Salmon fishing — or a lack thereof — has adversely affected Todd Fraser, the owner of Bayside Marine, a tackle shop at Santa Cruz Harbor.
“From a business standpoint, it is pretty bad. There is absolutely no money coming in,” Fraser said. “Customers come from far away to fish for salmon, but they won’t come if there is nothing to catch.”
Many local seafood restaurants have only served farmed salmon in the last few years. Though available year-round, this type of salmon is not the best alternative. Some farming methods can severely degrade the surrounding ecosystem and have detrimental health effects. The fish are penned and fed anchovies that tend to be high in polychlorinated biphenyls (PCBs). PCBs were once used in products such as coolants, stabilizing additives, and flame-retardants. They were banned in the 1970s, but are persistent organic pollutants and continue to accumulate in animals. Overfeeding also causes the bacterial food chain to deplete oxygen and suffocate plants and animals near farming pens.
In addition, accidents can happen. For Atlantic salmon farmed in British Columbia, net pens have broken, allowing fish to escape and displace native steelhead and less resilient salmon individuals. Plus, the farmed species have parasites that add even more challenges to native salmon babies.
“We have actually found a company that provides all-organic, antibiotic-free farmed Chinook from British Columbia,” said John Tara, president of Stagnaro Brothers Seafood Inc., a local seafood distributor. “The low-stress method is the closest you can get to local wild salmon.”
It may be a future alternative, but many fishermen will be without jobs. Last year the government subsidized the fishing industry, but fishermen had to navigate through stretches of red tape to acquire funding.
Local fishermen say they don’t want such handouts. They just want to keep the cultural heritage intact. For some, it has been a family business.
The Magnuson-Steven’s Fisheries Conservation and Management Act was set up in the 1970s to protect United States fishing interests. Through it, the federal government delegated management to a system of councils for each coastal region. The Pacific Fisheries Management Council represents Washington, Oregon, California and Idaho, because some salmon swim all the way up the Columbia River to spawn in tributaries in Idaho.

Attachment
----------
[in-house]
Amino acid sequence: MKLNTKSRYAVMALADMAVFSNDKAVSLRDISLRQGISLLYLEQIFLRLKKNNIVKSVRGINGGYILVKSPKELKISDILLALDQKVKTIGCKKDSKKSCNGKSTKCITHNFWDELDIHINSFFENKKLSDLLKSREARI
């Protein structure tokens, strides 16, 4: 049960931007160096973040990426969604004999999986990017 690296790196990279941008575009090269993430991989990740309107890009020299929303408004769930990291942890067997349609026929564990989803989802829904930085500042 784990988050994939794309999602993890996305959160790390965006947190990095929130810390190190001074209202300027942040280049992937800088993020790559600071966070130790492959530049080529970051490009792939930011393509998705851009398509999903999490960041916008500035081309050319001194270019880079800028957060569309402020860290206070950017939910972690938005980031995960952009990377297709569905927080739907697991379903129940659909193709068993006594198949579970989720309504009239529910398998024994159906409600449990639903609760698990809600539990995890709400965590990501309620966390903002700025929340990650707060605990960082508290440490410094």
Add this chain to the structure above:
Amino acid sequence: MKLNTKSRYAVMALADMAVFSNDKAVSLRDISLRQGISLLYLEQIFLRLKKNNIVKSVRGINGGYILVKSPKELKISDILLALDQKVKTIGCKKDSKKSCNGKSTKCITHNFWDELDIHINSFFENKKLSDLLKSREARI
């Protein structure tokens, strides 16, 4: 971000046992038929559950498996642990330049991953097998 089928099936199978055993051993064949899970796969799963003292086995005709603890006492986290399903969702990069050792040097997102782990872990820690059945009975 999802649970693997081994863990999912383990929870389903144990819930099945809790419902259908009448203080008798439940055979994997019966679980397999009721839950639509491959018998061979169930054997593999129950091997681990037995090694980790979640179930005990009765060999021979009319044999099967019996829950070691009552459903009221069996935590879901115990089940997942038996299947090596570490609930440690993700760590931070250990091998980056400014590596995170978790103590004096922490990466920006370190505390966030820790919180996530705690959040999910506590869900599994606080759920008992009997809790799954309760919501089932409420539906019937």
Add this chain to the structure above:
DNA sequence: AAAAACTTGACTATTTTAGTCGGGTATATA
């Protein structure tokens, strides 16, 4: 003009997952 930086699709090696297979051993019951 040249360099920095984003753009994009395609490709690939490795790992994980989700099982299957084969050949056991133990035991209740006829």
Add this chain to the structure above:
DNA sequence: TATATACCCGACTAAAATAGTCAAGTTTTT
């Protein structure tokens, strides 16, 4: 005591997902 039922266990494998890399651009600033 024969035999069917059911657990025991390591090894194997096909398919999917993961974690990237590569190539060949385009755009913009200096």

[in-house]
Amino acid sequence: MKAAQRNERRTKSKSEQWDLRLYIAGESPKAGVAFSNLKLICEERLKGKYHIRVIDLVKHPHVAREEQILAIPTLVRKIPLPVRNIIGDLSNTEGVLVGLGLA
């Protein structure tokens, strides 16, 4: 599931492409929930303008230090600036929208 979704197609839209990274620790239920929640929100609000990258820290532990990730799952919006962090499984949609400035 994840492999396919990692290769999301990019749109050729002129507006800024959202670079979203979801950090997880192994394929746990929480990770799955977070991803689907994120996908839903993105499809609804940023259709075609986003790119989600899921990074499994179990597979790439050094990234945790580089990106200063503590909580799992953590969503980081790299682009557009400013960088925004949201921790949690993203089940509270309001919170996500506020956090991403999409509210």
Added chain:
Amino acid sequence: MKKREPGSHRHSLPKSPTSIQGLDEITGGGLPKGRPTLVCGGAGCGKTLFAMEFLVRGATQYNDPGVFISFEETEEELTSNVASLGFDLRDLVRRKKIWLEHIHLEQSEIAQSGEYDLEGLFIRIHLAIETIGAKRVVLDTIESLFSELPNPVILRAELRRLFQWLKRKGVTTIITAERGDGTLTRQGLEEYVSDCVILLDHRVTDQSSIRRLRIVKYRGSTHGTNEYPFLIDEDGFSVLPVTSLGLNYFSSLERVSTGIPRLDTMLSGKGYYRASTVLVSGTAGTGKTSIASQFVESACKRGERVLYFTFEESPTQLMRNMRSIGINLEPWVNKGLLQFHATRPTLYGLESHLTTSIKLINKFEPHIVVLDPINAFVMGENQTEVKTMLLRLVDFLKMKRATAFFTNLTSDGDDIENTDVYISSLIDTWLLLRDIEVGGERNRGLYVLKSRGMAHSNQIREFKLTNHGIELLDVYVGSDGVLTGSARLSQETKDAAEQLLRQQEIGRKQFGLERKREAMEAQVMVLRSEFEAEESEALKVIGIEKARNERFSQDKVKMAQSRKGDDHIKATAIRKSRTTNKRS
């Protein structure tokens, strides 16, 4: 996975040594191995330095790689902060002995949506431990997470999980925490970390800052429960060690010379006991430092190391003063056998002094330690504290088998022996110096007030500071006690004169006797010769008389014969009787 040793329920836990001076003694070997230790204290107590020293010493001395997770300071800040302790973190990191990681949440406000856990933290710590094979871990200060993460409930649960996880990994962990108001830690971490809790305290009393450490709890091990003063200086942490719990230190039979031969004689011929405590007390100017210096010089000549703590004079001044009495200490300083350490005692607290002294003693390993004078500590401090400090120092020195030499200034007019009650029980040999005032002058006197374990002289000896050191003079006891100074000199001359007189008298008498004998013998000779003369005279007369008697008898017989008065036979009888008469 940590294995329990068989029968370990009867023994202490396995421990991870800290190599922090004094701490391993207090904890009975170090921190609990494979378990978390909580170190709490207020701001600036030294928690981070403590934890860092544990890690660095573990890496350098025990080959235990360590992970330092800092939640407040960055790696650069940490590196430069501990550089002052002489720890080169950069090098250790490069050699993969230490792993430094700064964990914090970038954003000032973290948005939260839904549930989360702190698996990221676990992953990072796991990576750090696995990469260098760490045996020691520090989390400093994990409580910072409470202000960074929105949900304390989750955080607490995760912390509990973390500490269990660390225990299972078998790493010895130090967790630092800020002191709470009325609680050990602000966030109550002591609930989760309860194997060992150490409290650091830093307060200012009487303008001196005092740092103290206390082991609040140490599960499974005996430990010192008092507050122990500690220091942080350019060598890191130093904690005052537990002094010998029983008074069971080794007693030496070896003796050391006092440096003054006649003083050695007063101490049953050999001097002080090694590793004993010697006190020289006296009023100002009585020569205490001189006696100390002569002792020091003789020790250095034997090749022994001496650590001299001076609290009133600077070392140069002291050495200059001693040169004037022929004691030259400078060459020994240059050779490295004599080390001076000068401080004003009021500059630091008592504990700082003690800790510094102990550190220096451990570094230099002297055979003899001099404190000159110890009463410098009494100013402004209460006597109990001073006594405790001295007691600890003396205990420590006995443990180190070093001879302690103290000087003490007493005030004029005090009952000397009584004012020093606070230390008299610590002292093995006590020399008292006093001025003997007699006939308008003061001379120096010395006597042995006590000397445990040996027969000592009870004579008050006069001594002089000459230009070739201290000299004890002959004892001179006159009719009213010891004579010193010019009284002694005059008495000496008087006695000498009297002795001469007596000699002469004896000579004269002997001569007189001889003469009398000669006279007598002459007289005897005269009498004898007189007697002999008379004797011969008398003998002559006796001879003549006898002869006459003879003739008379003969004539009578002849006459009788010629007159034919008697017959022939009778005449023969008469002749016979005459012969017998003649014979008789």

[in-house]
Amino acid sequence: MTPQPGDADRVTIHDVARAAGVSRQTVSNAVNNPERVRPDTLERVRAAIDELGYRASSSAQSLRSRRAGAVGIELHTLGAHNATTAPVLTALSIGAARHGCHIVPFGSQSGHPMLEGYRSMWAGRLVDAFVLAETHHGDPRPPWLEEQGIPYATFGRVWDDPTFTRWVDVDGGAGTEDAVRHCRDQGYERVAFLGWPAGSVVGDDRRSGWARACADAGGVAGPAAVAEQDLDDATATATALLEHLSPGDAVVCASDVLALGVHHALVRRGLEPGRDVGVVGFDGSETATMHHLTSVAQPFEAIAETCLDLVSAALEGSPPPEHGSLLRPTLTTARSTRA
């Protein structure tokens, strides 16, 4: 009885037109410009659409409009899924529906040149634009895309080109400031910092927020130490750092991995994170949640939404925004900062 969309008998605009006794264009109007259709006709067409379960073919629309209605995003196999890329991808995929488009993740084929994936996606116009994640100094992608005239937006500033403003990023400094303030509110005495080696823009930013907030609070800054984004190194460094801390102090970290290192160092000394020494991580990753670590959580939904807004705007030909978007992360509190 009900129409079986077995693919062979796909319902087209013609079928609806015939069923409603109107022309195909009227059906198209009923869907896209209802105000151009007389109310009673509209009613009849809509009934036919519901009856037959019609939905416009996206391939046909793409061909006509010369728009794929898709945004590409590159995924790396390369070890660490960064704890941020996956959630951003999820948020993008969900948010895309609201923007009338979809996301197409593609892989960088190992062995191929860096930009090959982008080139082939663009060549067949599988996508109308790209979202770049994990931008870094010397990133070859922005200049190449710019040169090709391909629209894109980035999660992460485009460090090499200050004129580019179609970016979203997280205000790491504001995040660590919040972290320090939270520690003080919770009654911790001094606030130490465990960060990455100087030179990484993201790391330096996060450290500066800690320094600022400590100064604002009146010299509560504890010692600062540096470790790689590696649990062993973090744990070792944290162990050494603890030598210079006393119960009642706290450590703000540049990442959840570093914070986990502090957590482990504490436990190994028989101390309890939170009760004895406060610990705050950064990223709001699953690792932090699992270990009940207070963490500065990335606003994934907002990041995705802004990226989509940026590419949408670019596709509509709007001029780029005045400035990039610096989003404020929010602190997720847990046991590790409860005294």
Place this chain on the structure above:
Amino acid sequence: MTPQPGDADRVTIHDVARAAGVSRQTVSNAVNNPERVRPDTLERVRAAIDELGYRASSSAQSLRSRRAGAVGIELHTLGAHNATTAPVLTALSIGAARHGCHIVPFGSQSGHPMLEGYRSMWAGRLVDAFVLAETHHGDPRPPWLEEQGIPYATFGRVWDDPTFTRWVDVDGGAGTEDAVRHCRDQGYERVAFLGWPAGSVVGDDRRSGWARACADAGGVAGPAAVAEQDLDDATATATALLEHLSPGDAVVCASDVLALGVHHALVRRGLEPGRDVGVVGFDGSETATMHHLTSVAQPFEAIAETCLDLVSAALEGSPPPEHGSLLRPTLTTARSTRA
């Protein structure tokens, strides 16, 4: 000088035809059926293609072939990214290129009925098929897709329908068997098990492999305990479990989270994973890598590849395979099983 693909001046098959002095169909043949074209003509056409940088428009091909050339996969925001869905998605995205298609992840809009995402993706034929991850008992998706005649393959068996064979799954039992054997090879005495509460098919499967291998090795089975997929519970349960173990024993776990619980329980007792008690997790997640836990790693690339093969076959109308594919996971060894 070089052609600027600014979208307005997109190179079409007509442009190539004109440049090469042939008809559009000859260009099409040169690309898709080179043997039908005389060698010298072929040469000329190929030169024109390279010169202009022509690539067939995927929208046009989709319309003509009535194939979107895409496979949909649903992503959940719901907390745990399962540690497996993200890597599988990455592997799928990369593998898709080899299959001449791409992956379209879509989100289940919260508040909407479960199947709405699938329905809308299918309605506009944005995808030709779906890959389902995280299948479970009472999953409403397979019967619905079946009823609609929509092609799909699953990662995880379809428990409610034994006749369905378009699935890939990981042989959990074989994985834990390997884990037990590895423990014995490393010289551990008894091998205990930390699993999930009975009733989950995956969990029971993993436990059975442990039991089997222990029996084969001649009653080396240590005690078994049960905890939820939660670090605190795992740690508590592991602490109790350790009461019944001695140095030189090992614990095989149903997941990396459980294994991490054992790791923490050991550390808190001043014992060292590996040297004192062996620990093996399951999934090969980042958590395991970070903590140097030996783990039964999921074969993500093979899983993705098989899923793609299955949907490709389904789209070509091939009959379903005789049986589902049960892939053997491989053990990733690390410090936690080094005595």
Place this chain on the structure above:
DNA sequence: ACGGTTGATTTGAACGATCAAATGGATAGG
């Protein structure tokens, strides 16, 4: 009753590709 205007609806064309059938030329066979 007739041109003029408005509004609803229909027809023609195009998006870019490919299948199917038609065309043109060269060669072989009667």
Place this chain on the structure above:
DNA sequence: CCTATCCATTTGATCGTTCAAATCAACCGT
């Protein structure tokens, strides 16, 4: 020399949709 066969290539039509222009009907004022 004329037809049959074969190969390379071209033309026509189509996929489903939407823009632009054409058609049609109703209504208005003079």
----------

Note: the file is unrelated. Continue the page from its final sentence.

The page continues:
The decision to close the fishery this year was not easy; dozens of working scientists presented statistics to the council. Chinook salmon species spawn in large rivers of central California, and Coho spawn in coastal streams. After two to five years living in the Pacific Ocean, they return to their river of origin. Their numbers are predicted by how many premature adults, called jacks, return early. In 2007, the model fell apart, according to Bruce MacFarlane, a fisheries ecologist at the National Marine Fisheries Service.
“Scott Creek is the southernmost population of salmon in the U.S.,” MacFarlane said. “One hundred and fifty Coho were expected to return, but there were less than 10 jacks total last fall. That was distressing.”
So why did this happen? Some point the blame at the many dams, water diversions, and agricultural pollution, among other factors, that affect the beginning of salmon life. Ninety percent of baby salmon are now born in hatcheries because of high degradation of river habitat. The Pacific Fisheries Management Council outlined a total of 46 potential contributors to salmon decline.
“Overfishing is not a factor for Chinook,” Macfarlane said. Because both the Chinook and the Coho species, which have different river spawning habitats, had lower than expected abundance, MacFarlane points to ocean conditions as a main factor.
The last thing local fishermen want to do is to deplete the fish. They use fishing line with barb-less hooks; if a small one is caught, they don’t even touch it, it goes right back unharmed. Despite their sustainable efforts, some fishermen said that they feel like criminals, stripped of their constitutional rights. Management requires all fishing boats have a tracking device. If in a protected area, even for a second, they can get all their catch confiscated.